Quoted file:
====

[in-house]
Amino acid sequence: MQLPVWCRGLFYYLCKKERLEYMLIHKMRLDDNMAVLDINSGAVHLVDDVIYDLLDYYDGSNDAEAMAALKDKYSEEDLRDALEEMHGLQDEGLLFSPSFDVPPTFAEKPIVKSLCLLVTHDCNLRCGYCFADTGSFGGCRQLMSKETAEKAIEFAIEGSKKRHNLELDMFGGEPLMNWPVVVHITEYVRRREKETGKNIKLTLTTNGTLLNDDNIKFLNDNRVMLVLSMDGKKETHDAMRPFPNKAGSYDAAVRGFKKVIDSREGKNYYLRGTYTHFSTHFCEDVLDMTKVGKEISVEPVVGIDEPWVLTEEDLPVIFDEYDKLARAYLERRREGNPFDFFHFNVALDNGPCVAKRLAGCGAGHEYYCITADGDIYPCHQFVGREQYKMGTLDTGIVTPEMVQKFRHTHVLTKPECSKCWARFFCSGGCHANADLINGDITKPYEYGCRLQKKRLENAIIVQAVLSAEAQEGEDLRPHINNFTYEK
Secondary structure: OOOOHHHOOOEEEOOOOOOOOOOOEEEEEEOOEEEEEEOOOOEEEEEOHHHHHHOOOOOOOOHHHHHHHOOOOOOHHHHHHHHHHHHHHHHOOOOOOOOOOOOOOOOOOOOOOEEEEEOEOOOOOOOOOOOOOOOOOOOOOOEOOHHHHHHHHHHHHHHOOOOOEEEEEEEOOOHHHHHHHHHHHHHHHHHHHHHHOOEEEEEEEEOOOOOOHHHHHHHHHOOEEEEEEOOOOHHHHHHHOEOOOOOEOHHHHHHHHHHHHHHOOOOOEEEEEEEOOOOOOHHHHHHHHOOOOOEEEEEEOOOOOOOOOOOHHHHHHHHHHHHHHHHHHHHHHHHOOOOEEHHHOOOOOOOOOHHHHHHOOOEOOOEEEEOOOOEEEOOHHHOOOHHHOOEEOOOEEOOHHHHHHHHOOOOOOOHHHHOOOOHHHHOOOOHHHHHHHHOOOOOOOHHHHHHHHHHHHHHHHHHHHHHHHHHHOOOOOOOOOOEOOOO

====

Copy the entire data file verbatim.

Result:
[in-house]
Amino acid sequence: MQLPVWCRGLFYYLCKKERLEYMLIHKMRLDDNMAVLDINSGAVHLVDDVIYDLLDYYDGSNDAEAMAALKDKYSEEDLRDALEEMHGLQDEGLLFSPSFDVPPTFAEKPIVKSLCLLVTHDCNLRCGYCFADTGSFGGCRQLMSKETAEKAIEFAIEGSKKRHNLELDMFGGEPLMNWPVVVHITEYVRRREKETGKNIKLTLTTNGTLLNDDNIKFLNDNRVMLVLSMDGKKETHDAMRPFPNKAGSYDAAVRGFKKVIDSREGKNYYLRGTYTHFSTHFCEDVLDMTKVGKEISVEPVVGIDEPWVLTEEDLPVIFDEYDKLARAYLERRREGNPFDFFHFNVALDNGPCVAKRLAGCGAGHEYYCITADGDIYPCHQFVGREQYKMGTLDTGIVTPEMVQKFRHTHVLTKPECSKCWARFFCSGGCHANADLINGDITKPYEYGCRLQKKRLENAIIVQAVLSAEAQEGEDLRPHINNFTYEK
Secondary structure: OOOOHHHOOOEEEOOOOOOOOOOOEEEEEEOOEEEEEEOOOOEEEEEOHHHHHHOOOOOOOOHHHHHHHOOOOOOHHHHHHHHHHHHHHHHOOOOOOOOOOOOOOOOOOOOOOEEEEEOEOOOOOOOOOOOOOOOOOOOOOOEOOHHHHHHHHHHHHHHOOOOOEEEEEEEOOOHHHHHHHHHHHHHHHHHHHHHHOOEEEEEEEEOOOOOOHHHHHHHHHOOEEEEEEOOOOHHHHHHHOEOOOOOEOHHHHHHHHHHHHHHOOOOOEEEEEEEOOOOOOHHHHHHHHOOOOOEEEEEEOOOOOOOOOOOHHHHHHHHHHHHHHHHHHHHHHHHOOOOEEHHHOOOOOOOOOHHHHHHOOOEOOOEEEEOOOOEEEOOHHHOOOHHHOOEEOOOEEOOHHHHHHHHOOOOOOOHHHHOOOOHHHHOOOOHHHHHHHHOOOOOOOHHHHHHHHHHHHHHHHHHHHHHHHHHHOOOOOOOOOOEOOOO